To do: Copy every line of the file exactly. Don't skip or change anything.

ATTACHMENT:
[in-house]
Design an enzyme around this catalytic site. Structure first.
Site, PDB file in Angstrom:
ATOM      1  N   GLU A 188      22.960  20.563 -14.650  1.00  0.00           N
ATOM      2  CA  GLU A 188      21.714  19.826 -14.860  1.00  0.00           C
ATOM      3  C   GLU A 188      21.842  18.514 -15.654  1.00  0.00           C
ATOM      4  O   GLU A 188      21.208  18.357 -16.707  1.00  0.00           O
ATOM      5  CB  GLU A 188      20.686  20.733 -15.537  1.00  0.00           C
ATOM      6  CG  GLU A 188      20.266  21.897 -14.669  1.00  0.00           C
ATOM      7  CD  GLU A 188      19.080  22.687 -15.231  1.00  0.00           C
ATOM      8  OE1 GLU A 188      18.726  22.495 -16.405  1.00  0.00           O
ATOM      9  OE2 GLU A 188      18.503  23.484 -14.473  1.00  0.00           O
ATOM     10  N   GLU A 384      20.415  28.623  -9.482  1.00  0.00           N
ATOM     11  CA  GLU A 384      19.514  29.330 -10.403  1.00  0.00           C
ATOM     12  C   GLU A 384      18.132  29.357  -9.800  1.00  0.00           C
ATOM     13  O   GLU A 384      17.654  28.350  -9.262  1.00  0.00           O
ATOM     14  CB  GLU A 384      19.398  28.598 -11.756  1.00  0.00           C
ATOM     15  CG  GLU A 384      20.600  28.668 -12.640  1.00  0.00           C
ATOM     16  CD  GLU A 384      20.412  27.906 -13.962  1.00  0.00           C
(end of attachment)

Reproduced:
[in-house]
Design an enzyme around this catalytic site. Structure first.
Site, PDB file in Angstrom:
ATOM      1  N   GLU A 188      22.960  20.563 -14.650  1.00  0.00           N
ATOM      2  CA  GLU A 188      21.714  19.826 -14.860  1.00  0.00           C
ATOM      3  C   GLU A 188      21.842  18.514 -15.654  1.00  0.00           C
ATOM      4  O   GLU A 188      21.208  18.357 -16.707  1.00  0.00           O
ATOM      5  CB  GLU A 188      20.686  20.733 -15.537  1.00  0.00           C
ATOM      6  CG  GLU A 188      20.266  21.897 -14.669  1.00  0.00           C
ATOM      7  CD  GLU A 188      19.080  22.687 -15.231  1.00  0.00           C
ATOM      8  OE1 GLU A 188      18.726  22.495 -16.405  1.00  0.00           O
ATOM      9  OE2 GLU A 188      18.503  23.484 -14.473  1.00  0.00           O
ATOM     10  N   GLU A 384      20.415  28.623  -9.482  1.00  0.00           N
ATOM     11  CA  GLU A 384      19.514  29.330 -10.403  1.00  0.00           C
ATOM     12  C   GLU A 384      18.132  29.357  -9.800  1.00  0.00           C
ATOM     13  O   GLU A 384      17.654  28.350  -9.262  1.00  0.00           O
ATOM     14  CB  GLU A 384      19.398  28.598 -11.756  1.00  0.00           C
ATOM     15  CG  GLU A 384      20.600  28.668 -12.640  1.00  0.00           C
ATOM     16  CD  GLU A 384      20.412  27.906 -13.962  1.00  0.00           C